Deep skepticism among Syrian refugees

    Mr. Annan's efforts to end the ongoing bloodshed in Syria have been met with deep skepticism by Syrian refugees, many of whom are calling for direct intervention by the international community against the government's crackdown.

    Mr. Annan visited the Yayladagi refugee camp in Turkey Tuesday.  

    "I have had the chance to meet men and women who have been uprooted from their homes and are now here," he said. "I hope it is not going to be for long.  But to hear their stories, to hear how they came across, how they were shot at, some with their children, was heart-wrenching."

    Mr. Annan praised Turkish authorities for the facilities they have provided, saying the camps were better than most he has visited.

    But observers say Mr. Annan is aware the Turkish government is increasingly concerned about the deteriorating situation in Syria and the fear the country could be faced with a humanitarian disaster.

    Ankara has warned it could intervene in Syria if the numbers of refugees markedly increased.  Due to the situation, Turkish Prime Minster Recep Tayyip Erdogan cut short a visit to China and is to visit Saudi Arabia on Friday to discuss the issue.  

    Also Tuesday, U.S. Senators Joseph Lieberman and John McCain visited the camp and issued a statement accusing the Syrian president of having no interest in complying with the Annan plan.  The senators said Mr. Assad is buying time to intensify his crackdown.

    "Make no mistake: the situation in Syria is an armed conflict. This is a war," the statement said.

    Dorian Jones in Istanbul and Lisa Schlein in Geneva contributed to this report.

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    Comment Sorting
    Comments
         
    by: Scott G.
    April 13, 2012 1:25 AM
    Another display of the great impotence of the United Nitwits and Goofy Annan. The only people who believed the "treaty" would work were probably Madame Clinton and Barack Obama; everyone else has learned the pseudo-organization is a total sham.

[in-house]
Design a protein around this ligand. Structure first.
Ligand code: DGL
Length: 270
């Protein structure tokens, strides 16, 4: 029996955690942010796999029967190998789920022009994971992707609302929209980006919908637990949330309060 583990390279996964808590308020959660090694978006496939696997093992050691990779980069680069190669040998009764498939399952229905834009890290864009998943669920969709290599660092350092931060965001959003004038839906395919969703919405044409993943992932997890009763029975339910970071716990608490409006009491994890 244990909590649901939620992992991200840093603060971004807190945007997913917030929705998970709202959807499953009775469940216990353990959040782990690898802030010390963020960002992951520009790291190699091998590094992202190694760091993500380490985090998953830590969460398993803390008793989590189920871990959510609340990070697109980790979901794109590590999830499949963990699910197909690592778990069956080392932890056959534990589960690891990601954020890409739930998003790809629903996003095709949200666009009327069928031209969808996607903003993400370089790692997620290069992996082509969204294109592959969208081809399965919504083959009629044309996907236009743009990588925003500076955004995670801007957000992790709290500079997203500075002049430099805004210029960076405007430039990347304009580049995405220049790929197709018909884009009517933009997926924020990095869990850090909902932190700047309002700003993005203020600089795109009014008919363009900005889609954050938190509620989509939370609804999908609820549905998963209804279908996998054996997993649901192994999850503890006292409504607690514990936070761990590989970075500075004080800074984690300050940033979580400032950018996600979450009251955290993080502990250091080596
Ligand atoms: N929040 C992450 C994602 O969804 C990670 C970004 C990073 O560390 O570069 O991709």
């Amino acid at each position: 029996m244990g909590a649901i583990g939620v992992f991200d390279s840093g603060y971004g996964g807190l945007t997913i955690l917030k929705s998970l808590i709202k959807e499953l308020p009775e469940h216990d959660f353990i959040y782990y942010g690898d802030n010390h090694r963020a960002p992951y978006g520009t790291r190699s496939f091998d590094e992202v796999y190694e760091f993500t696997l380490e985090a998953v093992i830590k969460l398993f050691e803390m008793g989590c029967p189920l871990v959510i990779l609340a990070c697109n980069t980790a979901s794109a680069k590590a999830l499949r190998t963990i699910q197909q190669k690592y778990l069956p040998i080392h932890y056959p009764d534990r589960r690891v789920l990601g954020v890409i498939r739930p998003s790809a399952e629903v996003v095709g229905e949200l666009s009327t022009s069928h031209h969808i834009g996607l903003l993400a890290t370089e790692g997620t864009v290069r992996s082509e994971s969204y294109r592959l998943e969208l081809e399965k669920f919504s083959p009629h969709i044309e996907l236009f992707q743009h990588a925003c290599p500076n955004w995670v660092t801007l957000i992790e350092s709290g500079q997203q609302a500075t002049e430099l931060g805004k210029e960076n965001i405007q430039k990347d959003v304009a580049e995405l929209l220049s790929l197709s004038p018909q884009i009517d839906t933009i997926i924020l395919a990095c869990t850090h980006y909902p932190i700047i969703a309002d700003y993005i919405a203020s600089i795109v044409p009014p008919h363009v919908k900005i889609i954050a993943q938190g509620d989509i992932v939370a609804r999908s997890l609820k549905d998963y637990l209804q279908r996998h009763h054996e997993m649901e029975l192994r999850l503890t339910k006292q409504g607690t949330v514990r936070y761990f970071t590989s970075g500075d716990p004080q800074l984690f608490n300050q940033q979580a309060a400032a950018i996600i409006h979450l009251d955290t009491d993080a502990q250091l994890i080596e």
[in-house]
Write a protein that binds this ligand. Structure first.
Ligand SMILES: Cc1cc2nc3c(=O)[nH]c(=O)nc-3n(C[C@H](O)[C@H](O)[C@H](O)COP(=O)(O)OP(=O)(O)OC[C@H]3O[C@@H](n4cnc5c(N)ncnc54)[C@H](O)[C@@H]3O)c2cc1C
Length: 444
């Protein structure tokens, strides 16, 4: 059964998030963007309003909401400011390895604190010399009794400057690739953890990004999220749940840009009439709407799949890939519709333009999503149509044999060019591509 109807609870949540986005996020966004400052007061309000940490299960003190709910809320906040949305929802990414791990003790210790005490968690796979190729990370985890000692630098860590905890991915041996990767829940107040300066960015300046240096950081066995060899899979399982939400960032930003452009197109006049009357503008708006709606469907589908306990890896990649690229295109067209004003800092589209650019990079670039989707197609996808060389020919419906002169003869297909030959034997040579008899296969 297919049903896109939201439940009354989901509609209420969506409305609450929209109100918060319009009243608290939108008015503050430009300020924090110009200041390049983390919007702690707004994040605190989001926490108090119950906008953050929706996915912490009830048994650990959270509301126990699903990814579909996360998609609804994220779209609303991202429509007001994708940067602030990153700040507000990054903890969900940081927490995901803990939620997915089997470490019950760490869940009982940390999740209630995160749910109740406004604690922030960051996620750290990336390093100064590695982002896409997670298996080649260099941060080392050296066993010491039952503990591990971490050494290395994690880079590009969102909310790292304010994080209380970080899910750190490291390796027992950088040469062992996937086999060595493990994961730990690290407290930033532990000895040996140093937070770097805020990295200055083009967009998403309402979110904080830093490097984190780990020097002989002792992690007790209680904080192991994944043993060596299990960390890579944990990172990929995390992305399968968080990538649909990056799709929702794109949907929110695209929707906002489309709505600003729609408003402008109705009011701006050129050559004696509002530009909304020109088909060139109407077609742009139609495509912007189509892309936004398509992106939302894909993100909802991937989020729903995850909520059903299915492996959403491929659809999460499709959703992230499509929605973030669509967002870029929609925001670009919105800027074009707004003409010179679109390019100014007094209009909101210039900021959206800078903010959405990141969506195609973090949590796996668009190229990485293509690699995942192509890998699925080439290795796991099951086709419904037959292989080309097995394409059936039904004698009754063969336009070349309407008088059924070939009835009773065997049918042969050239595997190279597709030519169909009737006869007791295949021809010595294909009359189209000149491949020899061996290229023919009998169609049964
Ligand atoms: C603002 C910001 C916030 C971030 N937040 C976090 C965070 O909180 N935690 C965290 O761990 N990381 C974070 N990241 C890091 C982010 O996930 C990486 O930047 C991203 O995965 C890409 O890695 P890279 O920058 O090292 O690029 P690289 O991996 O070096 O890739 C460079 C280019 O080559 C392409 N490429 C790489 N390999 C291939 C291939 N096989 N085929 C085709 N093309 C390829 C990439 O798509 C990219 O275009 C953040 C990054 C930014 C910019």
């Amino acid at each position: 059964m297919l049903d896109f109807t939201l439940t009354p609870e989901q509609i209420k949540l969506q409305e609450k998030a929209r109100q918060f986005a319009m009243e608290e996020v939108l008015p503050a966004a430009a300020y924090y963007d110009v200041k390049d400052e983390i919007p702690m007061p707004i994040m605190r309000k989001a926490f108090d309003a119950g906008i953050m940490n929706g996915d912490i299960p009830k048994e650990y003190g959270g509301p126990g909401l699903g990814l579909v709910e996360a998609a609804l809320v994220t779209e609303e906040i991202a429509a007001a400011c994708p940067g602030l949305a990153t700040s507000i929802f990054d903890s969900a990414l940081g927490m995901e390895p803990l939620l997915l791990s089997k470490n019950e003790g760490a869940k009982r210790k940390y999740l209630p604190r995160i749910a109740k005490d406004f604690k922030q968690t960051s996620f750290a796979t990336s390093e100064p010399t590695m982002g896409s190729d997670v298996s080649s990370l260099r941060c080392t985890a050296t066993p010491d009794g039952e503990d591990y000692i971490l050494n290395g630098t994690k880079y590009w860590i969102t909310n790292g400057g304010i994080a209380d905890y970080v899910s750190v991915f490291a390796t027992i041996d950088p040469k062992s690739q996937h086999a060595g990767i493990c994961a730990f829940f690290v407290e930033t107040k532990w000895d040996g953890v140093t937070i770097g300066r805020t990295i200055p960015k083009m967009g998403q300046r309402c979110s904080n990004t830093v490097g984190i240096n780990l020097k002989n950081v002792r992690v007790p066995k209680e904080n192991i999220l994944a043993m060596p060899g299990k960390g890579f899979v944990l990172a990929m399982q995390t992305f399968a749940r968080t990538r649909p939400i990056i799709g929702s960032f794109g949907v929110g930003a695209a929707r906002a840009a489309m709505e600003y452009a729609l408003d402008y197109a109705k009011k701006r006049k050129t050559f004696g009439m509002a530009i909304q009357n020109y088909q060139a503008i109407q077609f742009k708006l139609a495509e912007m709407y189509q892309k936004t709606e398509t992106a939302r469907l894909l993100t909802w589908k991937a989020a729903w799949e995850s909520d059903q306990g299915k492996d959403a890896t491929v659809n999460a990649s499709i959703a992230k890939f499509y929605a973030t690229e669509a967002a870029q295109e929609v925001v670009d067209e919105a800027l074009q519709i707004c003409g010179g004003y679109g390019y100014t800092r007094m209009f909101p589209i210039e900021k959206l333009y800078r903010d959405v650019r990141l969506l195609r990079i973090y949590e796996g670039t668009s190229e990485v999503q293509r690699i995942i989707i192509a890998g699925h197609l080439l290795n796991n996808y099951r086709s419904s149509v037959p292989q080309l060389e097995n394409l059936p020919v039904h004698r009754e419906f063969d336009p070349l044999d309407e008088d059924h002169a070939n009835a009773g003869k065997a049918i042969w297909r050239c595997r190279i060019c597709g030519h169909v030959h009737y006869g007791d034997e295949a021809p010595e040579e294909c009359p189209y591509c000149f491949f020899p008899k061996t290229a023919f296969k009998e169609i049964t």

by: Cha Cha Cohen
    April 11, 2012 4:07 AM
    Head of states protects citizen not the power hungry money making armed rebelions.Unlucky innocents get caught in between! Assad has popularity in his own right and deserves to stand in a free & fair election.Rebelions has no right to be armed to create conflict for the opportunists!Annan's cease fire not be one sided! Every one should think 'what are they doing and up to, if that is just'. Lets not create another Libya, now they are killing each other!

    by: LY THUONG KIET
    April 10, 2012 7:24 PM
    How can peace come to Syria if other outsiders continue to encourage violence there by their actions while speaking out of peace.

    by: NVO
    April 10, 2012 2:56 PM
    The UN is a SHAM! They are hand in hand with The Rothschilds, The Rockefellers, The Club of Rome, The Trilateral Commission, The Clintons, The Counsel on Foreign Relations, ALL pushing for a ONE WORLD GOVERNMENT, under THE NEW WORLD ORDER. Don't be deceived. Peace plan? SHAM!

    by: yari jan
    April 10, 2012 1:29 PM
    Syrian Free army use the camp as a base
    the government has full right to attack that place.
    Turkey is Terror cell there should be targeted.
    Turkey now should accept the crimes of its genocide which killed million Armenian peoples.

    by: Realist
    April 10, 2012 10:35 AM
    Hope didnt work in Rwanda , Zimbabwe and Libya, where countless people lost there lives. Hope certainly wont work in Syria and military intervention is the only option to stabilize the situation and convince the
    Syrian military that their continued violence with tanks is not an option.

    by: Darren Lovelace
    April 10, 2012 8:42 AM
    This UN plan has been designed to fail. When the UN has not succeeded to implement any form of a dialog with the Syrian regime, the regime will continue to implement its own agenda. “Total War” against humanity. The Free Syrian Army will continue to fight the clean battle. The people of Syria will exercise their right to self-preservation, within the guidelines that are acceptable under international law, they believe this is right. Free Syria will in time defeat this regime of evil.